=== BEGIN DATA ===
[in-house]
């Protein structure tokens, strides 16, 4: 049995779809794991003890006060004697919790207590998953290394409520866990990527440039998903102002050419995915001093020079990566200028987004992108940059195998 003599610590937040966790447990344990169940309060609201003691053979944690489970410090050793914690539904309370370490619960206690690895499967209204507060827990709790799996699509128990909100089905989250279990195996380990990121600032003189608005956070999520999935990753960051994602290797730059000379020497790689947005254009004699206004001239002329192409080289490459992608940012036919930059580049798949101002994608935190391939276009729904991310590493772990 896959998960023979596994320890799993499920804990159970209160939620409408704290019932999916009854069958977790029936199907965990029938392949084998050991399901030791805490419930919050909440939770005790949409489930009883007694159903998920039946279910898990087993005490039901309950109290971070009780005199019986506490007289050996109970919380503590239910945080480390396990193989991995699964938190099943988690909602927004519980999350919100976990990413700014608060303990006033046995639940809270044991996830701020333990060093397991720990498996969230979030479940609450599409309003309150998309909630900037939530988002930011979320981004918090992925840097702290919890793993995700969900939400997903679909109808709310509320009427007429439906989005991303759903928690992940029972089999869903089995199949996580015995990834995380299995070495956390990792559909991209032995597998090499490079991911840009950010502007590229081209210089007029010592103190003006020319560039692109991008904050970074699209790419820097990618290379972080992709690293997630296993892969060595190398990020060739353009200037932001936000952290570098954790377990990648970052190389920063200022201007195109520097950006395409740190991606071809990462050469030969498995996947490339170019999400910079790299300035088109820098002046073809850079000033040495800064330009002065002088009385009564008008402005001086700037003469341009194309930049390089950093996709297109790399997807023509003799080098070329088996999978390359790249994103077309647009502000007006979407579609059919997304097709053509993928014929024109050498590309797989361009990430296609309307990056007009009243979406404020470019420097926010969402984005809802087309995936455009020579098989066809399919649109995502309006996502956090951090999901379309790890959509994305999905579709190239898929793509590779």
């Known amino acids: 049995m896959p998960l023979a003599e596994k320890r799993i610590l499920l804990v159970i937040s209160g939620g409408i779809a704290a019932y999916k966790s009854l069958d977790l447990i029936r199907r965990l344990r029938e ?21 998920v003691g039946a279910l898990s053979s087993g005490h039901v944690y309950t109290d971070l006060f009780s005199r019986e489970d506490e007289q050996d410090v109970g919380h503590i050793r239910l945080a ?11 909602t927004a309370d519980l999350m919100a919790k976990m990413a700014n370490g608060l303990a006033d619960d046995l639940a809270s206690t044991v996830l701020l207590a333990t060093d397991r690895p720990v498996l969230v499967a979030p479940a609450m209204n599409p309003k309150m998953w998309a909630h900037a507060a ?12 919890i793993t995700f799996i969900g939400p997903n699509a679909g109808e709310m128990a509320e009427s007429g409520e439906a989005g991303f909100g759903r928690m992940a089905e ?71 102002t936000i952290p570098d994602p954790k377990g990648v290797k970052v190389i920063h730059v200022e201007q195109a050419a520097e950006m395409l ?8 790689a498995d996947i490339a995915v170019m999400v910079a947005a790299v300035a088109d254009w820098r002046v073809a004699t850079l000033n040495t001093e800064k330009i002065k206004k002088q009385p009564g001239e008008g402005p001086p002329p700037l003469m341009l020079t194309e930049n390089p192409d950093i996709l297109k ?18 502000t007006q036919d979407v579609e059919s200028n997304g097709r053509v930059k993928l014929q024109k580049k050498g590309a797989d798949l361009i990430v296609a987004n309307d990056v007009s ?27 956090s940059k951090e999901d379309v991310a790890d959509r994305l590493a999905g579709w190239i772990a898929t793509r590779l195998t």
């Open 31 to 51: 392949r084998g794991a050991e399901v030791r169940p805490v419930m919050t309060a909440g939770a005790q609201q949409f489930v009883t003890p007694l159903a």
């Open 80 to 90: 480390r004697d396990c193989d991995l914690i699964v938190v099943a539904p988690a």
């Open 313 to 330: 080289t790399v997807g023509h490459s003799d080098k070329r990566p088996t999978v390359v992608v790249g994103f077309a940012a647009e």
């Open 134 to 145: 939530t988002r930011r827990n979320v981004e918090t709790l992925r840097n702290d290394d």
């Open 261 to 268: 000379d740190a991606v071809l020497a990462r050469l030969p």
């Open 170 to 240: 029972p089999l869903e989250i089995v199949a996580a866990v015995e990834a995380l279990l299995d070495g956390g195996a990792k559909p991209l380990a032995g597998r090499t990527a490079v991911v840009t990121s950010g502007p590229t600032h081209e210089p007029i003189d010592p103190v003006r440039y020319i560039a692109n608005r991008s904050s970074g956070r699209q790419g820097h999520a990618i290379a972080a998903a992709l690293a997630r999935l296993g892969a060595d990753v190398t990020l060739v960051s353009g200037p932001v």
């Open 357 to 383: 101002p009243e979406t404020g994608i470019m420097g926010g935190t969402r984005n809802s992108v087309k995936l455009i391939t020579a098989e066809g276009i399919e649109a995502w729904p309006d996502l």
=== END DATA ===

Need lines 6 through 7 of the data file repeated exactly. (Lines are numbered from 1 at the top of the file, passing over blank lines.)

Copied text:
């Open 313 to 330: 080289t790399v997807g023509h490459s003799d080098k070329r990566p088996t999978v390359v992608v790249g994103f077309a940012a647009e």
């Open 134 to 145: 939530t988002r930011r827990n979320v981004e918090t709790l992925r840097n702290d290394d």